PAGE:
Harry's been swimming! With his tube out of his nose and his neutrophils rising, Harry was able to go swimming, the first time since sept 2011, when we had to abandon his swimming lessons after only 3, as he became so poorly.
A major event and one Harry was soooo excited about! I took him to Brittania Hotel pool where I am a member, where the changing rooms are warm and the water is too. Callum came too, daddy was working unfortunately so couldn't see how brilliant Harry was. He was so determined to swim. I wasn't sure if he would remember how to swim, but he was fine. Not that he can swim properly, but he managed to swim in the same fashion he did in sept, 2011! He really wanted to swim without his armbands and so tried, but quickly sank and went under the water! Harry was actually very good about getting his whole head wet, something he would have cried about in sept 2011. He seems to have such determination, well when battling cancer it's the main vital ingredient to get one through! Harry refused to put his armbands back on, but mainly used a woggle float under both arms to keep him buoyant, or a float held in Front of him. I had to stay next to him like a hawk as if he let go, he would sink! Being a private hotel pool, there is no life guard! Callum loved having Harry in the pool with him and we spent 1 1/2 hours in the water. Can't wait to go to centre parks now in May and neither can the boys!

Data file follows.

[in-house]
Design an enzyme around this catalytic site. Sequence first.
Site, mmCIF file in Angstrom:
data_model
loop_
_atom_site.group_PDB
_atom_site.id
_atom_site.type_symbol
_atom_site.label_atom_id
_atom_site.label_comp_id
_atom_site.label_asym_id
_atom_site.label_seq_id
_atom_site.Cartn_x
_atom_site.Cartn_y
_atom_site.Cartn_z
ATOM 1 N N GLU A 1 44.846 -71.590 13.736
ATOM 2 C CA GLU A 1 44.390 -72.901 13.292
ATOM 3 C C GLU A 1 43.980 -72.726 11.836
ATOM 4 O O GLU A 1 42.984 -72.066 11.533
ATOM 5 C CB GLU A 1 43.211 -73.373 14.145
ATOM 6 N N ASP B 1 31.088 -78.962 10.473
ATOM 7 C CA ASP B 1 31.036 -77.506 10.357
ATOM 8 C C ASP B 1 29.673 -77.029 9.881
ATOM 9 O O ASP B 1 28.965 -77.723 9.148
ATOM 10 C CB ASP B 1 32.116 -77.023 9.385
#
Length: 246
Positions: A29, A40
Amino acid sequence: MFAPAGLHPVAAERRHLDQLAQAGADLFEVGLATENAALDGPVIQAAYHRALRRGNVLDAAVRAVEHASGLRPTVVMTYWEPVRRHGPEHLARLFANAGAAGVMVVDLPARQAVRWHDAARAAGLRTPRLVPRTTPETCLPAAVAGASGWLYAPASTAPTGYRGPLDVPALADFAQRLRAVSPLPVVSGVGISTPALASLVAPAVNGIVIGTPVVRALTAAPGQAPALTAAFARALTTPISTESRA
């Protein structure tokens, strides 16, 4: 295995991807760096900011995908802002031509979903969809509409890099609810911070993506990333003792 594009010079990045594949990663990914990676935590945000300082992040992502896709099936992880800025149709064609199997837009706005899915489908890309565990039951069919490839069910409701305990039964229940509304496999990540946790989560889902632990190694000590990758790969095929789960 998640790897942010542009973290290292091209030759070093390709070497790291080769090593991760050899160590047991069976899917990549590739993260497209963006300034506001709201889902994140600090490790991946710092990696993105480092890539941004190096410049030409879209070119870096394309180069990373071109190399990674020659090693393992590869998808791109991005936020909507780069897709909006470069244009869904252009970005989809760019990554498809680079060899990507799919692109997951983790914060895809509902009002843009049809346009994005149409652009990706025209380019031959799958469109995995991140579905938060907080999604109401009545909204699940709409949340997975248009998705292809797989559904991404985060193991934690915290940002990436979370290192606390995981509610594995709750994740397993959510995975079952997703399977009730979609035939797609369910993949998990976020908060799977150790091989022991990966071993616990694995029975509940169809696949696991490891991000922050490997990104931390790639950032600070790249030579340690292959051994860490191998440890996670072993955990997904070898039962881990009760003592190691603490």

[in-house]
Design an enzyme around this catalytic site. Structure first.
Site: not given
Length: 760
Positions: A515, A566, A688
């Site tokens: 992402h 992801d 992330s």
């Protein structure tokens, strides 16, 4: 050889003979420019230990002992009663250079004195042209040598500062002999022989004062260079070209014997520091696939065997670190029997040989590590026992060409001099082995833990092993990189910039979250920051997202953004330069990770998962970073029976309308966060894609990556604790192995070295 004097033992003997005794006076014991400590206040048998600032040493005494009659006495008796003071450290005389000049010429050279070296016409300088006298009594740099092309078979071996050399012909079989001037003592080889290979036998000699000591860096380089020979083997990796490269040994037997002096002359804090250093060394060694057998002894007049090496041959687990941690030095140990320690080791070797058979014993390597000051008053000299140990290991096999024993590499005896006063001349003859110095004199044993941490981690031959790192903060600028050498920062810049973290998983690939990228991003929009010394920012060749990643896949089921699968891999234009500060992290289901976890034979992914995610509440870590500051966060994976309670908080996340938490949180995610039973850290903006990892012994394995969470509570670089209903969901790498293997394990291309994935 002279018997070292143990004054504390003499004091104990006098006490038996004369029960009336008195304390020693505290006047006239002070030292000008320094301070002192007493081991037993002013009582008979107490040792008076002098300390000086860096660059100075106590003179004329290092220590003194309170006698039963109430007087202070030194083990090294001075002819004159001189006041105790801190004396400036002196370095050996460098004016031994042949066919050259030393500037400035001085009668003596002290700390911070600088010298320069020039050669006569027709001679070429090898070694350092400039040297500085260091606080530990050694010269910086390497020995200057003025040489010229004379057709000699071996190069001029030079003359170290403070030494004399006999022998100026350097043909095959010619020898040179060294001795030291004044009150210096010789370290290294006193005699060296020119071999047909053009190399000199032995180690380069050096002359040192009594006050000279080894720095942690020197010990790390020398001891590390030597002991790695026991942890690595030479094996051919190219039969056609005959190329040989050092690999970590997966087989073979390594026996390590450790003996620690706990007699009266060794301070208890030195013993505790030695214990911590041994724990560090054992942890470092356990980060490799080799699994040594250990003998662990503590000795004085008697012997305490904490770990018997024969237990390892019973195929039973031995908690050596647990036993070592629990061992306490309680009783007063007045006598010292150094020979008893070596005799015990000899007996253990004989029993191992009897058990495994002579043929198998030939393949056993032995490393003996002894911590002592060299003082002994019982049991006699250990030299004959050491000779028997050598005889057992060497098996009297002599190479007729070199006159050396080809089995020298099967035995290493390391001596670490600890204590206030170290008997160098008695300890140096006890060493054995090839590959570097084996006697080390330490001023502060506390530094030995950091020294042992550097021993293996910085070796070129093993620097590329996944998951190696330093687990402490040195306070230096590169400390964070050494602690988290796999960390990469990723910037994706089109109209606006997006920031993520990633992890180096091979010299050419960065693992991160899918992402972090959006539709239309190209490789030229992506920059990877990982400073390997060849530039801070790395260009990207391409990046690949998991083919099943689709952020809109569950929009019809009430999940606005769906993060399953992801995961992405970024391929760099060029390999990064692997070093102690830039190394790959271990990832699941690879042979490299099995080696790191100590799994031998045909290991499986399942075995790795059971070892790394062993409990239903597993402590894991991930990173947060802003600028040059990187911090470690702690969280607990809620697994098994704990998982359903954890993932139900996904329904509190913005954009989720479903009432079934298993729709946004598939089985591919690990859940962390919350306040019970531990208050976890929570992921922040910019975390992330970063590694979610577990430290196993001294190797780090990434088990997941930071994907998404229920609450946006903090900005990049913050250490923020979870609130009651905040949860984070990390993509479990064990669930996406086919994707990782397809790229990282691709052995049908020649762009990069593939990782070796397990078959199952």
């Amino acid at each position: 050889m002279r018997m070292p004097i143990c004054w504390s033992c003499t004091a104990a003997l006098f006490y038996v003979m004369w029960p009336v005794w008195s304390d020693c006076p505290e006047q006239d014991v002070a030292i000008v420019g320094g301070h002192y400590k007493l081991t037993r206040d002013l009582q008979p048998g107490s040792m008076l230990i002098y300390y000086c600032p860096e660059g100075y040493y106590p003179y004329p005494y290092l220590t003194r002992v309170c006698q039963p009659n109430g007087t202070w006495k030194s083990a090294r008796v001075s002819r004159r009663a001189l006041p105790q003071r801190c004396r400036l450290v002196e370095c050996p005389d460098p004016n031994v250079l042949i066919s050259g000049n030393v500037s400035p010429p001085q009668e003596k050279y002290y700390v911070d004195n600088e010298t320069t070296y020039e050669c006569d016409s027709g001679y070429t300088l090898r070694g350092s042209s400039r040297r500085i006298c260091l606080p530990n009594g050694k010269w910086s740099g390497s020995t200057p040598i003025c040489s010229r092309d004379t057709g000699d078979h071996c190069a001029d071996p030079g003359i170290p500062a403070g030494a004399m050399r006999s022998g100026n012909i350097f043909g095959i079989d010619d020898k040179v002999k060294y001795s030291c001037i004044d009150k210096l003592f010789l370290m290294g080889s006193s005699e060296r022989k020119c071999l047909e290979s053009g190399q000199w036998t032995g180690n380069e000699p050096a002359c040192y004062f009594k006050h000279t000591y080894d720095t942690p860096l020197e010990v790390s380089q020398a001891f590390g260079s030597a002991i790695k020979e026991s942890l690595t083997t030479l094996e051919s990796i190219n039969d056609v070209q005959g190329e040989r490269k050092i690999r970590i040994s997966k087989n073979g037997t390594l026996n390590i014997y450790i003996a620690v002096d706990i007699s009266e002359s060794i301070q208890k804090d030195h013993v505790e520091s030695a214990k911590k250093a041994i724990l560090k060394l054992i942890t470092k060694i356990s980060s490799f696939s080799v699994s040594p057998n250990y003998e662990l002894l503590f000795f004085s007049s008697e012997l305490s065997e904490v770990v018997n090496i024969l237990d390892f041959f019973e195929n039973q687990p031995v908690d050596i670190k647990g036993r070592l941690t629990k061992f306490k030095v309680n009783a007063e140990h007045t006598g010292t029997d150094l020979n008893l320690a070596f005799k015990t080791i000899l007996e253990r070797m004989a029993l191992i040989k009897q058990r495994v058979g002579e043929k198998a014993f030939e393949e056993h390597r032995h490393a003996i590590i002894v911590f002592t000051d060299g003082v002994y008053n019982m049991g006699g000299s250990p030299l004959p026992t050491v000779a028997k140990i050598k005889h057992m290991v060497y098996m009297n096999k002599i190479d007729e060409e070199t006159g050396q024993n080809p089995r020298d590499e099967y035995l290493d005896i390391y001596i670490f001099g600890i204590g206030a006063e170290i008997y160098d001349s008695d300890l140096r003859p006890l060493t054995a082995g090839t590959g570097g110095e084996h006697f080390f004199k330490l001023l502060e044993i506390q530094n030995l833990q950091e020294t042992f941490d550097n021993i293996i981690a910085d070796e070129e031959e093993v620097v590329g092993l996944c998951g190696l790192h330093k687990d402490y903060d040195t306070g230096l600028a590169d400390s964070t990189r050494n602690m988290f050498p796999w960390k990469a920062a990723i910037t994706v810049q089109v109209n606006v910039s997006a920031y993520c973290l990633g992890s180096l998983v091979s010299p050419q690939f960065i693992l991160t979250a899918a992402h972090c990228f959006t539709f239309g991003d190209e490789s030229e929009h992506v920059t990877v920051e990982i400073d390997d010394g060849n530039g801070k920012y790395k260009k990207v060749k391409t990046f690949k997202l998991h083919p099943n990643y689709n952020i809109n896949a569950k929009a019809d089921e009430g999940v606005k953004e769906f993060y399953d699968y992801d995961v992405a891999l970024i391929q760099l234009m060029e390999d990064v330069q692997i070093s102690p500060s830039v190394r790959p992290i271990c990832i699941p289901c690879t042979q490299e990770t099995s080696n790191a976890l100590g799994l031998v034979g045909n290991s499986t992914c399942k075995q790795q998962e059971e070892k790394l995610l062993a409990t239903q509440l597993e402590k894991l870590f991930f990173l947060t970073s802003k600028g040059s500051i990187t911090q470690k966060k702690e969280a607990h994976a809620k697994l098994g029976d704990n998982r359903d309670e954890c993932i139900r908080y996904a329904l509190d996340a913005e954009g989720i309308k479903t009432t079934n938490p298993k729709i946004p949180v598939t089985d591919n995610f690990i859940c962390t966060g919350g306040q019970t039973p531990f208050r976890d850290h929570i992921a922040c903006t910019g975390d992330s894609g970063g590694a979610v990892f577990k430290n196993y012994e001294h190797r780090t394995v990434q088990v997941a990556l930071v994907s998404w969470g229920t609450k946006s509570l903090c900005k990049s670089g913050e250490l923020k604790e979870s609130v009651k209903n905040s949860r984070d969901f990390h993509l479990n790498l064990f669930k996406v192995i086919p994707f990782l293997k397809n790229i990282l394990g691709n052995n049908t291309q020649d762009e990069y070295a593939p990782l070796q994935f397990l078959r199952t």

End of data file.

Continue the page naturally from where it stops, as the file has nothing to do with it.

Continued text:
Harry had his bone marrow test on march 4 th, this went ok, thankfully, results pending. He has then had his hearing, echo and kidney tests on Monday this week. His hearing thankfully seems ok, the echo results so far indicate that his heart is functioning ok too. We await the kidney test results. Harry also had an MRI scan yesterday to make sure his abdomen is clear of cancerous tumours. Harry had to lay still for 50 mins whilst the pictures were taken. He could watch a DVD via wearing goggles during the process. This piece of kit cost £40 000, it was worth every penny as Harry was soooo good and still. The only problem was he struggled to hold his breath and not breath through his nose, whilst some final pictures were being taken of his abdomen. It may mean the pictures are not good enough and if another MRI is needed then he'll have to have a GA and during this apparently they can control his breathing to enable clearer pictures to be taken. Fingers crossed they are ok. At present my nerves are nearly shattered. During the MRI I sat behind Harry's head, so while he was watching fireman Sam and obviously I am glad he is oblivious to worrying about the what if's, but I am praying for the outcome to be positive. I was given 2 'woman's own' magazines to read, but found it hard to read the celebrity rubbish written about such trivial matters, when my son is before me having such tests to ensure he has conquered one of the most aggressive types of cancer there is.